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Despite threats and closed US embassies, no attacks

By John Donnelly, Globe Staff, 9/12/2002

WASHINGTON - Americans at home and abroad took extra safety precautions yesterday, following heightened terror alerts based on intelligence that warned of possible attacks on the Sept. 11 anniversary. The day passed overseas with no major incidents.

Underscoring the threat to global security, nine US embassies were closed for at least the day; three embassies and four consulates received envelopes containing unidentified white powder, sparking concern of an anthrax attack; Pakistani police engaged in a shootout with suspected Al Qaeda members; and the US ambassador to Yemen confirmed that two suspects arrested last month in connection with an explosion belong to Al Qaeda.

For US intelligence officials, however, the big news was the absence of news.

''We had a lot of places [operating] under the highest threat levels, but those embassies made it through the day,'' said a US intelligence official who was in New York City in connection to President Bush's visit yesterday and today. ''There's an ongoing threat. It's just better to be safe than sorry. We're just taking the proper precautions based on the confluence of events.''

Defense officials said the military expanded jet fighter patrols over 10 US cities. In Washington, armed missile launchers were stationed near several sites, and Vice President Dick Cheney spent a second day in seclusion to protect the presidential line of succession in case of attack.

In Southeast Asia, six US diplomatic offices - embassies in Malaysia, Indonesia, Cambodia, and Vietnam and consulates in Indonesia and Vietnam - were closed yesterday and most will remain closed indefinitely while security is reassessed, officials said.

Embassies in Pakistan, Malawi, Tajikistan, United Arab Emirates, and Bahrain closed or shut down services to the public for the day. The embassy in Bahrain posted a statement on its Web site saying the US government had credible indications that further terrorist acts were planned and ''such actions may be imminent and include suicide operations.''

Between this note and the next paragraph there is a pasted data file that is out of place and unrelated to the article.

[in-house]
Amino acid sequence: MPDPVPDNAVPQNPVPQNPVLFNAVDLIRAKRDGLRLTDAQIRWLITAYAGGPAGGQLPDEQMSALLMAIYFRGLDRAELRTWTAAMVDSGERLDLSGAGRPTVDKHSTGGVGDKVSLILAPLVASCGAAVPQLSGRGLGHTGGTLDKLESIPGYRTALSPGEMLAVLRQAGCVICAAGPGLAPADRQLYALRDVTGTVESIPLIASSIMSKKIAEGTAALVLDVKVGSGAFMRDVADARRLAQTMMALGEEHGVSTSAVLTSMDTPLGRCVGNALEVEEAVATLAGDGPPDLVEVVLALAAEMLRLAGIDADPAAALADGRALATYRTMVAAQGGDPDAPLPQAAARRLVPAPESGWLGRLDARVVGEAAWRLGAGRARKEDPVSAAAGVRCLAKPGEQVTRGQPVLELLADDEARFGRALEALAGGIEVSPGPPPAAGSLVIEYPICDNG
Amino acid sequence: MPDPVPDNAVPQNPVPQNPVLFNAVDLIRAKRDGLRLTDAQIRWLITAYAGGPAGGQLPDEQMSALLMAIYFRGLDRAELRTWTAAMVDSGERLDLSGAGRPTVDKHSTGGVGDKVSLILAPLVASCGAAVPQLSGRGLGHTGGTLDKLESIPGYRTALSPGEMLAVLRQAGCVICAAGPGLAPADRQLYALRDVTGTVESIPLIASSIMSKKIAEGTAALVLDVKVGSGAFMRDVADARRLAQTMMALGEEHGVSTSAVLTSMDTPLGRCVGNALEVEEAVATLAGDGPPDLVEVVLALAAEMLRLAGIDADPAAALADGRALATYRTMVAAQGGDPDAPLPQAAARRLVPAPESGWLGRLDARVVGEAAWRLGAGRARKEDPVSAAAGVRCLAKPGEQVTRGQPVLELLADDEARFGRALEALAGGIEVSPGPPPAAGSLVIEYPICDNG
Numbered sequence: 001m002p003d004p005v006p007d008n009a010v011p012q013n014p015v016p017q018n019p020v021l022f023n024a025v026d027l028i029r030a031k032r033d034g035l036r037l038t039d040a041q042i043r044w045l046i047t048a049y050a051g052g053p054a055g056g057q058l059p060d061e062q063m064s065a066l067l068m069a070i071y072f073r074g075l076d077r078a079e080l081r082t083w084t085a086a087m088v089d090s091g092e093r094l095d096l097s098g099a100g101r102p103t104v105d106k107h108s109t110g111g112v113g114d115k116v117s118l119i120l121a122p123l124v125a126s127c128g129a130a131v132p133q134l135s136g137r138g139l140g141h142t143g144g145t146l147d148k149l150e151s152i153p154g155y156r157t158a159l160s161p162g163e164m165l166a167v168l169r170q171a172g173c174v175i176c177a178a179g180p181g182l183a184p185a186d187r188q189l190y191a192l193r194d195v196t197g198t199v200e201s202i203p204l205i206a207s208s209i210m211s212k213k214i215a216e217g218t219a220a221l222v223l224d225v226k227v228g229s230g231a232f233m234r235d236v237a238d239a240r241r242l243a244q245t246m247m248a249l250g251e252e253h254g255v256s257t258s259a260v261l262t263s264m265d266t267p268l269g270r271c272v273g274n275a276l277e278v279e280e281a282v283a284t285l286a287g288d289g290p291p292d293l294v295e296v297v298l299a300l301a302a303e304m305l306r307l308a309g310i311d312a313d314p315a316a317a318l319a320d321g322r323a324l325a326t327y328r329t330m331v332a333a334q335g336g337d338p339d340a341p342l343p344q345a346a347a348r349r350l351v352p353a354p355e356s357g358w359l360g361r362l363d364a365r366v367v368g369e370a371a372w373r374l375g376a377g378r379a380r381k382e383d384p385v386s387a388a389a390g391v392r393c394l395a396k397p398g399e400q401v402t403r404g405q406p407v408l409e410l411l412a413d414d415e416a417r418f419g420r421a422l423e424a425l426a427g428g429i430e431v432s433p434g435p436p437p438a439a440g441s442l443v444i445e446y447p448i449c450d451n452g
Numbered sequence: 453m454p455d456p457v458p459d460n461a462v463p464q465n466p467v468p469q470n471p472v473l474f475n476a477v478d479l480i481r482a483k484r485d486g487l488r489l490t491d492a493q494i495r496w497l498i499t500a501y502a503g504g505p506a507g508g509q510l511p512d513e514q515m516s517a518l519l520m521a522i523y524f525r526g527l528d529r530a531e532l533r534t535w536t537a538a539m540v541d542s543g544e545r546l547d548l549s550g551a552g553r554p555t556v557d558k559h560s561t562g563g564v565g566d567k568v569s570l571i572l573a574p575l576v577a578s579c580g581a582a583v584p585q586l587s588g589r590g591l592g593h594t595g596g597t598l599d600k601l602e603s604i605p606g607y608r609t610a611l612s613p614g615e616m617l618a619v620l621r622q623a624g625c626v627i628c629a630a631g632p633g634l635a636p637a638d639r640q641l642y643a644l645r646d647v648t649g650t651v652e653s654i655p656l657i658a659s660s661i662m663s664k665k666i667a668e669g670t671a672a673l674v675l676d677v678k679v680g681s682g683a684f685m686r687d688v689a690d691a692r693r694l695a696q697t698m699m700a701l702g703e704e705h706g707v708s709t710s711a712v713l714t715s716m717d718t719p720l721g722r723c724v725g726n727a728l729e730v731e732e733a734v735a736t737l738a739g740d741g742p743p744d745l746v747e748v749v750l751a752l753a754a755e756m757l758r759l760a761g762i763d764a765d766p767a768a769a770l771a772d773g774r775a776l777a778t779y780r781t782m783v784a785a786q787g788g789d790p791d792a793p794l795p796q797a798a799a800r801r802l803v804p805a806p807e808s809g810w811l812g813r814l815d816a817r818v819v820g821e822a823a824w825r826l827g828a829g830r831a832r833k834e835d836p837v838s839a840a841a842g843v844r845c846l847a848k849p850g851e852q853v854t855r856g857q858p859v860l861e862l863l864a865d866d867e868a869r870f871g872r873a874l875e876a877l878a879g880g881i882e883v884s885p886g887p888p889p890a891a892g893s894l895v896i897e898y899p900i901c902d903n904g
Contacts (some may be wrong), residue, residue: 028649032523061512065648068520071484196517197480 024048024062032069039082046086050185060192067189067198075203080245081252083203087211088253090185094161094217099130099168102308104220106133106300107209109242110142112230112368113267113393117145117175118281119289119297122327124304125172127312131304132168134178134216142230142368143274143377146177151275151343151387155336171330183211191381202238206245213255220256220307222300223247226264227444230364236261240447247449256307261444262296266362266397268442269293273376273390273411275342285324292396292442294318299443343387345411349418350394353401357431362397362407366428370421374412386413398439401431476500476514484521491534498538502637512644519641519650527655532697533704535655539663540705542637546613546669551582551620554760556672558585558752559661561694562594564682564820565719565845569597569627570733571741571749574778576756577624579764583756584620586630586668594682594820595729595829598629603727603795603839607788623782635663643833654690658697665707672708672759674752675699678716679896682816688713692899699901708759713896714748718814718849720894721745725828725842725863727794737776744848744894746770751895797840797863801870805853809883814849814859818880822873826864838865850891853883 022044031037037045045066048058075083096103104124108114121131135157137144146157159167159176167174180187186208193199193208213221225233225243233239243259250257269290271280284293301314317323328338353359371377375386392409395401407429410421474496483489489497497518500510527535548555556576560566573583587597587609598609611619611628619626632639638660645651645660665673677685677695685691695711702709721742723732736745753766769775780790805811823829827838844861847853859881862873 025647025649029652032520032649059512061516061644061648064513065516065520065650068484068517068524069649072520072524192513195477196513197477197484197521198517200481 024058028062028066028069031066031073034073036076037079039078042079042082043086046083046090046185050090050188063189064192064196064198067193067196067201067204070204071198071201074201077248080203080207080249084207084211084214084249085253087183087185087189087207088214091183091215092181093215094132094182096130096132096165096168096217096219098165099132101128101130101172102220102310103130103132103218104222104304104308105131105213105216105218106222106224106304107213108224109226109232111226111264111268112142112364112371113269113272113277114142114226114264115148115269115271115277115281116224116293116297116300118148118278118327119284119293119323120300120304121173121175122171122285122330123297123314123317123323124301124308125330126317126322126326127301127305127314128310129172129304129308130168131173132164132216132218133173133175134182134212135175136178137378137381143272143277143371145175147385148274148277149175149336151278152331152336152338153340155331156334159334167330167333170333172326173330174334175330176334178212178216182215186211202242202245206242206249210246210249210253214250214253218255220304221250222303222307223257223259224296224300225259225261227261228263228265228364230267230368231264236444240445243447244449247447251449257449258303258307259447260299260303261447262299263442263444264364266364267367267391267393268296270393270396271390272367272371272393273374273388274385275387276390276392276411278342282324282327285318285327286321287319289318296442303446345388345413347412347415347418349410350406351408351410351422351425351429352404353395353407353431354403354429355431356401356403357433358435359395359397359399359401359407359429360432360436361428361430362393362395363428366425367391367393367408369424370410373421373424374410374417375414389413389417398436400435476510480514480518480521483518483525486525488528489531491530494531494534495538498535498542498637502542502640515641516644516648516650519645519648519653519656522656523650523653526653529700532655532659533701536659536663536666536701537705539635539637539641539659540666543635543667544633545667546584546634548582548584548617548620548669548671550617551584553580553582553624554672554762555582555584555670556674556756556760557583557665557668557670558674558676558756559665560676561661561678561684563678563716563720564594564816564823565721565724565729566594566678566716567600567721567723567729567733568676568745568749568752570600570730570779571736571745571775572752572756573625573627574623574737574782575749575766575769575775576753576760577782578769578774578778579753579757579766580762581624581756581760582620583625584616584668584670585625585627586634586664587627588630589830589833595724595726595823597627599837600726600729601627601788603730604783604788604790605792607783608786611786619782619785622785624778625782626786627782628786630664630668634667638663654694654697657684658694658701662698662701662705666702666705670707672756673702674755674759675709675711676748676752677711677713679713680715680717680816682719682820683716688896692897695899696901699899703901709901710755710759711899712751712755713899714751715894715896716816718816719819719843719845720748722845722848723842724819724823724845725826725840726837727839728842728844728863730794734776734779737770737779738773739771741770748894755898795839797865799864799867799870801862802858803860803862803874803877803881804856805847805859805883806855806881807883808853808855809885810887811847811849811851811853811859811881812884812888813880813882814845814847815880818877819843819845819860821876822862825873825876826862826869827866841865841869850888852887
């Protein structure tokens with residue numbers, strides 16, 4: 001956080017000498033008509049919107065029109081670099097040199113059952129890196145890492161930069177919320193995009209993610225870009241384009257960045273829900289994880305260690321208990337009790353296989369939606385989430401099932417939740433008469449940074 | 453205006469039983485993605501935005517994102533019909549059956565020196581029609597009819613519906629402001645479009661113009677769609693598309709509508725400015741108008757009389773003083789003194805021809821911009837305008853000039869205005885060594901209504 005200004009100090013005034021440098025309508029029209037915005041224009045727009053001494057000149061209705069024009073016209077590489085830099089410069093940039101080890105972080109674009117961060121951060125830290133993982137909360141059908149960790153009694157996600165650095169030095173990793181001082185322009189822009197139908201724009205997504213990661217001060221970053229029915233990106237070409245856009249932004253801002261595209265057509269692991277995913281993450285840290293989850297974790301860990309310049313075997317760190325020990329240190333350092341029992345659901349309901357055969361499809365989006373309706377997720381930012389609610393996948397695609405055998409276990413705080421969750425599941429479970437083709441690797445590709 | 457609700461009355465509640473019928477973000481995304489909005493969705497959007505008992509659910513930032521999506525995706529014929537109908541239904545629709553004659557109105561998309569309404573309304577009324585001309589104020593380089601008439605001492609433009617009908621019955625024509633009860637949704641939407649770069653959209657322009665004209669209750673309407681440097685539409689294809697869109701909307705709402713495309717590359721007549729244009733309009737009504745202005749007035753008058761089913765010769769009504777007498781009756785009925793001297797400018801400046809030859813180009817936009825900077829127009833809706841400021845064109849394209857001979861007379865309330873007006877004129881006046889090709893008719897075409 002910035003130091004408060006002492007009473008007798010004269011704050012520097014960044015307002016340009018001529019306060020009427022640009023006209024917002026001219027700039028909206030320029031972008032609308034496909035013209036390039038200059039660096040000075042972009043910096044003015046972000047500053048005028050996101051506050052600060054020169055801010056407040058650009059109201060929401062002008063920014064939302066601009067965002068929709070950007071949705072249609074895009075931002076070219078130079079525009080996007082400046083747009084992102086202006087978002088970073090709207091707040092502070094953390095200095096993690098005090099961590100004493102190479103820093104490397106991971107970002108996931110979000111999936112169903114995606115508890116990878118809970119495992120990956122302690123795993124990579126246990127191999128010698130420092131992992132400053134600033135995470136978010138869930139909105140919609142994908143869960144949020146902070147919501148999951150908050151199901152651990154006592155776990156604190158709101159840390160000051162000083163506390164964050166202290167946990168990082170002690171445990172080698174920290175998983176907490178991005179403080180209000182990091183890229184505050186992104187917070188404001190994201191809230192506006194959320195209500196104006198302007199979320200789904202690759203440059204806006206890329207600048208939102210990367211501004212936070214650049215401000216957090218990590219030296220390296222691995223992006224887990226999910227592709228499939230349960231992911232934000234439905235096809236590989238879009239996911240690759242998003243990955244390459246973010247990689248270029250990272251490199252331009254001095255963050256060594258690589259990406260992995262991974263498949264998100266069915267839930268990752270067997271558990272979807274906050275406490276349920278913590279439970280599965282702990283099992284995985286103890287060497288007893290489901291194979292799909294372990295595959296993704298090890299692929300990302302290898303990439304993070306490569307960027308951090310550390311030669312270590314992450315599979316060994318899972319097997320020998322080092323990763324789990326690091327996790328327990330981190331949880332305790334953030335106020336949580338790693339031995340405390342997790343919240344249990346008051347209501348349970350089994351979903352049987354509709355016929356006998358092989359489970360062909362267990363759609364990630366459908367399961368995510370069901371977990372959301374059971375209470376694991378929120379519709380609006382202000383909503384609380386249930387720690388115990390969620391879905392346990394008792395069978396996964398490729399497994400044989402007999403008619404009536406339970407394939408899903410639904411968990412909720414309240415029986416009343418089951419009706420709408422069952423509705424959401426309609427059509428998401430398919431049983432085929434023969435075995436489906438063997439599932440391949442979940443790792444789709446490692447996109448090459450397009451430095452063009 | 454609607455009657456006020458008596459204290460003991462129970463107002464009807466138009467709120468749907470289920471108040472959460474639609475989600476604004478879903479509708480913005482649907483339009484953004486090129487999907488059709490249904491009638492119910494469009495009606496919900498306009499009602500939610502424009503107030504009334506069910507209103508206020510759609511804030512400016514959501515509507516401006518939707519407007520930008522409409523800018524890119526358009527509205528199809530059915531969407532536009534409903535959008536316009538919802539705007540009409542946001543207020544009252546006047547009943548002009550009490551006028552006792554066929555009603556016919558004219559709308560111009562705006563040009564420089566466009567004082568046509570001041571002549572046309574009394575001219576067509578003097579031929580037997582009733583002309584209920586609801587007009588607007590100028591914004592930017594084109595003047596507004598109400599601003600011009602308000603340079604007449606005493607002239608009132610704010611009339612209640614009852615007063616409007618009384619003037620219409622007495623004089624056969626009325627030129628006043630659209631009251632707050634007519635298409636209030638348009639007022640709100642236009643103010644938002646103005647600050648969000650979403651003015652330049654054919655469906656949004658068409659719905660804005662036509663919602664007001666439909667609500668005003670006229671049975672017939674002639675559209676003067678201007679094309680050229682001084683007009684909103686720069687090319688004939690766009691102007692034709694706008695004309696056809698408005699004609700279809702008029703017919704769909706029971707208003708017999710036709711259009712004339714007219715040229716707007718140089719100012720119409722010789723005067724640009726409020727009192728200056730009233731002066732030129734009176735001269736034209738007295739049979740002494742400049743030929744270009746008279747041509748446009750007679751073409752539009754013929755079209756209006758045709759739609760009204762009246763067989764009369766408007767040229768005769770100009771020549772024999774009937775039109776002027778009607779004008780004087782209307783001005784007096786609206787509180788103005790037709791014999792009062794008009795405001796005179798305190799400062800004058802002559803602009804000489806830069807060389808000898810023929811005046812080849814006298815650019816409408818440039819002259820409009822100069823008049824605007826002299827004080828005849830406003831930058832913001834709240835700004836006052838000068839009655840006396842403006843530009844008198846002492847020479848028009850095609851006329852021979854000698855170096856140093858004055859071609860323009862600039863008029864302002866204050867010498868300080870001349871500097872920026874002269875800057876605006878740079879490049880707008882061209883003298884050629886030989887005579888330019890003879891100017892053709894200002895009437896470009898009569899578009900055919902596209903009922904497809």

The UN consulate in Sao Paulo, Brazil, also closed for the day as a precaution.

Assistant Secretary of State James Kelly sent a letter to the Philippine foreign minister warning that terrorists could use truck bombs on the anniversary. The US has joined Filipino forces to hunt members of Abu Sayyaf, which has been linked to Al Qaeda.

''Intelligence evaluation indicates that Al Qaeda operatives are prepared to launch truck bomb attacks and they are in possession of several tons of ammonium nitrate,'' Kelly said in the letter for Foreign Minister Blas Ople, who is in New York. ''The intelligence community considers the information credible.''

The US intelligence official, speaking on condition of anonymity, said much of the information on possible attacks in Asia came from suspected Al Qaeda member, Omar al-Farouq. Farouq, who was based in Indonesia, has been in US custody for a few months, the official said. His identity was first reported by The New York Times. Some of his information led to the closing of the embassies.

''Closing our embassies in several locations in Southeast Asia and further on may not sound like much of a victory to you, but the fact that we're able to obtain and assess credible information about the threat to those facilities may well save the lives of our brothers and sisters,'' Deputy Secretary of State Richard Armitage said Tuesday night in Washington.

In Karachi, Pakistan, police fought a pitched battle with Al Qaeda suspects holed up in an apartment yesterday. Two suspects were killed and five captured in the fighting, as Pakistan stepped up pressure on the remnants of the group. Police said one of the dead militants and one of those arrested were Arabs, but their nationalities were not known. The rest were Afghans, according to police.

In Washington, a State Department official said US embassies or consulates in Germany, Denmark, Italy, and Luxembourg had received letters containing white powder yesterday. There was no indication that the powder was dangerous but laboratories will test the samples, officials said.

Police in Hamburg said the powder at the US embassy there turned out to be sugar.

Material from wire services was included in this report.

This story ran on page A25 of the Boston Globe on 9/12/2002.
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